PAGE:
Africa's most populous nation has been without a leader since President Umaru Yar'Adua was rushed to a hospital in Saudi Arabia late last month. Key initiatives are stalling out.
Nigeria’s fragile Oct. 25 cease-fire with militants in the oil-rich Niger Delta region has come dangerously close to a violent end, as rebels took credit this weekend for an attack on an oil pipeline.
Fuel carriers this week blocked major fuel distribution points with their trucks to protest a new energy sector deregulation bill waiting for President Umaru Yar’Adua to sign upon return from medical treatment in Saudi Arabia.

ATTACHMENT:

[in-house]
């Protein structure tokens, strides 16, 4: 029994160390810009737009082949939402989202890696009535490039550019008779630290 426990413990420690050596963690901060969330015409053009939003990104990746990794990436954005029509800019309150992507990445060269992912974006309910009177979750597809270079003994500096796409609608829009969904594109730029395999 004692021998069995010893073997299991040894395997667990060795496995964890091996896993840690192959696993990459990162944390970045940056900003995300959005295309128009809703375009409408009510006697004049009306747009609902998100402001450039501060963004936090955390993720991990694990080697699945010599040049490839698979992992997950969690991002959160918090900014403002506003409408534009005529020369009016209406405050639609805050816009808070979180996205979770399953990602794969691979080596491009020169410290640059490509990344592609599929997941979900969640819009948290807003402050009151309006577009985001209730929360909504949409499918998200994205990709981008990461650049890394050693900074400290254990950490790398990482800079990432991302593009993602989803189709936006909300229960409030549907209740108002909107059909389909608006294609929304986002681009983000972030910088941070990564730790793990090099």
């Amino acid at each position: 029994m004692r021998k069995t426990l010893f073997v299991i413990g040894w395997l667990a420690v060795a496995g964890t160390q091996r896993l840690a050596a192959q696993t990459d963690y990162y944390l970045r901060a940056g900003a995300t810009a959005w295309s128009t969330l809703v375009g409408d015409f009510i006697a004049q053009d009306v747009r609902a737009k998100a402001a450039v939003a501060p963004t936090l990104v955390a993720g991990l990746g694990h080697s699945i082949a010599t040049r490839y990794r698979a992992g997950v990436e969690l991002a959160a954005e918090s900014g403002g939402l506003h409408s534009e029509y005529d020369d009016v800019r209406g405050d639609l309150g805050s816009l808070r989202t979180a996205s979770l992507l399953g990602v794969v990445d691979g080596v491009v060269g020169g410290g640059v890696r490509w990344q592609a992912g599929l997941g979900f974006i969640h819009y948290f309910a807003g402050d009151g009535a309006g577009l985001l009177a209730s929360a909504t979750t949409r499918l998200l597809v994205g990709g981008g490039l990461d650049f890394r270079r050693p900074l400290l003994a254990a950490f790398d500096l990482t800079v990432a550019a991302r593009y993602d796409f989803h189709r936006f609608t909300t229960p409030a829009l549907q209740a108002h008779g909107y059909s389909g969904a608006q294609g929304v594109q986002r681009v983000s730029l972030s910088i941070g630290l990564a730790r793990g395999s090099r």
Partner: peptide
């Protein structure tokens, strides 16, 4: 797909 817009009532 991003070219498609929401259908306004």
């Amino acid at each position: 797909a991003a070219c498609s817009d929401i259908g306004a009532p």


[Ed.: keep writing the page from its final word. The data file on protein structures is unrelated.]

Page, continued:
Three weeks into a cease-fire pact, some rebels are turning themselves in. But the main group – MEND – say they'll attack oil facilities on Sept. 15.
During her visit today, Secretary of State Hillary Clinton is expected to say that stronger relations with the US will depend on better, cleaner governance.
Boko Haram has attacked schools, police stations, and other symbols of state power. While the group is relatively minor, the attacks underscore a widespread public distrust of the government.
Just hours after announcing a unilateral 60-day ceasefire with the government, the rebels threatened to end it.
Chevron has evacuated hundreds of employees from the oil-rich region of Nigeria after a string of attacks on oil pipelines.
MEND militants have united against foreign oil interests in the wake of a military crackdown.